7. Don't include secondary characters, unless important to plot and affect your character
One Step at a Time . . .

Don't be intimidated . . . break it down . . . step by step
  •   Sit for a final reading with a pen and notebook
  •   As you finish each chapter, write a 1 or 2 paragraph summary
    •   What happened?
    •   Where?
    •   To which character?
Notice themes running through chapters as you read.  Make note of themes.  You may uncover your one-line summary agents and editors like so much.

When you are done, you will have a chapter by chapter book outline called the author's outline.

Though this outline is no longer favored by editors and agents, it will remain one of your most valuable writing tools.  Never throw it away!  This outline will help if you ever decide to revise your novel.

Immediate use for the outline . . . Now you can pinpoint the most important plot points in the outline and put them into the synopsis. 

To be continued . . .

My trip to Ohio . . .

At my mom's, I was greeted by 100 empty cream puff shells, covered in plastic wrap, waiting on my bedroom dresser.  She's 94 and my cousin assisted in this endeavor.  As tradition goes, I help mom and my sister fill and frost these delicate shells the morning of the reunion.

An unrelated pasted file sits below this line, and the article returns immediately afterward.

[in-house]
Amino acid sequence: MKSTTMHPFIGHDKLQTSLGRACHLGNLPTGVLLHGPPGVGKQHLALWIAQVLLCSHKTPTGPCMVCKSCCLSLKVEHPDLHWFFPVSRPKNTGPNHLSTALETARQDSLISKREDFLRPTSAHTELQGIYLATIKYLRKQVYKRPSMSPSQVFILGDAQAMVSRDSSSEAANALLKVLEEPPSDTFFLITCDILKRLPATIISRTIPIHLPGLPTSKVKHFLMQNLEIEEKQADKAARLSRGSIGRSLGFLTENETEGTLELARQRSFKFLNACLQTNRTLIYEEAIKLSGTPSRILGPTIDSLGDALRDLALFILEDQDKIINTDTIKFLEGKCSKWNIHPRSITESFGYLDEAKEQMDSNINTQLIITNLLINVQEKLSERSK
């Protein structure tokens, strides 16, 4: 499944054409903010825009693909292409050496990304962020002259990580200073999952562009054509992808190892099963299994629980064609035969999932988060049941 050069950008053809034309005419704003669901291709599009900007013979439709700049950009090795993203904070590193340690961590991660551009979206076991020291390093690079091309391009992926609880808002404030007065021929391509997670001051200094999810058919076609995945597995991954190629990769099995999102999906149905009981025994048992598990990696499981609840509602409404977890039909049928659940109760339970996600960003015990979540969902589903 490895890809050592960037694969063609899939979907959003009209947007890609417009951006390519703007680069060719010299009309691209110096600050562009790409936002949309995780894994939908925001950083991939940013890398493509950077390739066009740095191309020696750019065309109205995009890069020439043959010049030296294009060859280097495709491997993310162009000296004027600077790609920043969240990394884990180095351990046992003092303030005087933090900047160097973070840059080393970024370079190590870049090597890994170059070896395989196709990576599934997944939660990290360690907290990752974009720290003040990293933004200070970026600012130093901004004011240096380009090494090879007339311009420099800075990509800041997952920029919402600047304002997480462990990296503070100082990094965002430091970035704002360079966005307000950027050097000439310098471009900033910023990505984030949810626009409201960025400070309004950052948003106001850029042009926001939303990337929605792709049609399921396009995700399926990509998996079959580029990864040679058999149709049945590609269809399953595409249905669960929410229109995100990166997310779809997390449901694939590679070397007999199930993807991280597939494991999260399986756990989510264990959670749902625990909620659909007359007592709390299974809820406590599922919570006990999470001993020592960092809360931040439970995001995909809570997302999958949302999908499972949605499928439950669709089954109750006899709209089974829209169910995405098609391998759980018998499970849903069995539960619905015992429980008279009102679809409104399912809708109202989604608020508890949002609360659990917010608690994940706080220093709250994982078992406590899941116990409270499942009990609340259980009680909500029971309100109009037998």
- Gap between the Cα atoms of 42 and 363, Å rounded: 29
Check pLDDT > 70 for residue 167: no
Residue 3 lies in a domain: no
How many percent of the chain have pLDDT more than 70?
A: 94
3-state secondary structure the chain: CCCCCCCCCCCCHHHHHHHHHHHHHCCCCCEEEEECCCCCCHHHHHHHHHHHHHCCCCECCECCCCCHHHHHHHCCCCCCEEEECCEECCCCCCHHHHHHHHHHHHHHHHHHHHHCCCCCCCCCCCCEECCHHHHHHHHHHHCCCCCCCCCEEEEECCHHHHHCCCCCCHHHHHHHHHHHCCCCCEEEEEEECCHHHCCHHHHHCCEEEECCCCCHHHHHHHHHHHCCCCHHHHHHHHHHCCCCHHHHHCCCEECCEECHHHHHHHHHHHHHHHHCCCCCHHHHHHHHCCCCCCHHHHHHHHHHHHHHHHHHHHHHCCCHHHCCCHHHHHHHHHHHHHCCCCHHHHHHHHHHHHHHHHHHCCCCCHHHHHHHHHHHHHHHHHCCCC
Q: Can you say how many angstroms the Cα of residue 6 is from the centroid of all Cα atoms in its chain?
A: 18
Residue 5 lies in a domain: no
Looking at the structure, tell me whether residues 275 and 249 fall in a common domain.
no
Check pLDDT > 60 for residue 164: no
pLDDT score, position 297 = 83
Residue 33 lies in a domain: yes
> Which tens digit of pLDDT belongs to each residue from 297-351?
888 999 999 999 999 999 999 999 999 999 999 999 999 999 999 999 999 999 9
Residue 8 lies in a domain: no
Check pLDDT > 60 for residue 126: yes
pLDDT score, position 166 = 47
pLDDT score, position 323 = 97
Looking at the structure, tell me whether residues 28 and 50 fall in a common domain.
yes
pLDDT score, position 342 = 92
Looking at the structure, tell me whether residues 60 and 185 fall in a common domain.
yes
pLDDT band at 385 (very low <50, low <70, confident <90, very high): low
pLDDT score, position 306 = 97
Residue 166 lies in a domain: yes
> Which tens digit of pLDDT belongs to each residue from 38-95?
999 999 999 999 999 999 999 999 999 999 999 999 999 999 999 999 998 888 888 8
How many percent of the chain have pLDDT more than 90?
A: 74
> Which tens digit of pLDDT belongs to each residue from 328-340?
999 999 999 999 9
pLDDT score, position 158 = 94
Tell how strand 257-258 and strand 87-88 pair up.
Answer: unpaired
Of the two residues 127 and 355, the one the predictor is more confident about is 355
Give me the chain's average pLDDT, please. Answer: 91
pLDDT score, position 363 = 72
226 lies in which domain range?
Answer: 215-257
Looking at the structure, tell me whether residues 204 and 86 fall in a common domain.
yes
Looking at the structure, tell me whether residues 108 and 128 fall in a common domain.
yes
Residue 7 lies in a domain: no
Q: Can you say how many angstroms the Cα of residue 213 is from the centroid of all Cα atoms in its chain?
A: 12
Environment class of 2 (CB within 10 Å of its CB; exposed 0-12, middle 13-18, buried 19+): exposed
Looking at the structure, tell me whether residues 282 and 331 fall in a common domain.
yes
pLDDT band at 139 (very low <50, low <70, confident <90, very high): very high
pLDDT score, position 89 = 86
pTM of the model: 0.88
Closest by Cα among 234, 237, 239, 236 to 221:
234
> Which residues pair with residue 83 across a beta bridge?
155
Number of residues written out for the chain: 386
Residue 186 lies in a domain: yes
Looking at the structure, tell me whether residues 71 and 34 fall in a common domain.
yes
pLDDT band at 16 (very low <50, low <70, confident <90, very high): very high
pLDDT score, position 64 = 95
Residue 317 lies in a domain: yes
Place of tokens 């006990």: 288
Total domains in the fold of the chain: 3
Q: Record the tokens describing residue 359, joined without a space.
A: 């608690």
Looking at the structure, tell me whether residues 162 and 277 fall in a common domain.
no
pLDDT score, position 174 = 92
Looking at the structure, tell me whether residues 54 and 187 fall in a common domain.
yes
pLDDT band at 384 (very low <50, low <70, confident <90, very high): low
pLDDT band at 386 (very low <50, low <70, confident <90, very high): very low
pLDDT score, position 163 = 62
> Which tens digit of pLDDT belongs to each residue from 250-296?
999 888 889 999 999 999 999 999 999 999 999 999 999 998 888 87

Mom was up early, too excited to sleep, and had 40-some filled before I wandered into the kitchen for coffee.  Everything went well until it was time for the frosting.  Mom didn't have a recipe . . . it's in her head and all she remembered was the list of ingredients!  What to do?  So, like 3 mad scientists, we added a little bit-of-this and a little bit-of-that into the pan hoping it won't turn to fudge. Soon mom announced, "It feels right," as she sat stirring the smooth, warm chocolate with a wooden spoon.

The cream puffs were perfection.  All 45 at the reunion once again savored this infamous delicacy . . . unaware of our chaos.

Lessons learned . . . my two cents

"Literary experience heals the wound, without undermining the privilege, of individuality."  C.S. Lewis 


  1. Hi Nancy your post is excellent! You are an expert on the art of publishing!
    Best to you always, Patricia

  2. Great post. Synopses are pretty much awful to write. I like to let my MC write them and then tweek them a little.

  3. Hi Patricia, Thanks and I'm so happy you stopped by. Can't wait to see you in class.

  4. Thanks, Kelly. This synopsis business is a pain but necessary. Now that it's done I can smile again. May be a silly question, but what is an MC? :D

  5. I stopped by from SheWrites today. This whole synopsis thing is something I am still figuring out. What an enormous challenge. Thank you for your helpful tips.

  6. Florida Girl, you are very welcome. I hope you can use my information as a model. I'll explain more on my next post. Please stop by again.

  7. I stumbled on your blog by accident, in a Tuesday blog hop and it is right up my ally! Next month is NaNoWriMo and so many of us come next spring will be looking to publish. I want to follow you but your follow button is not working...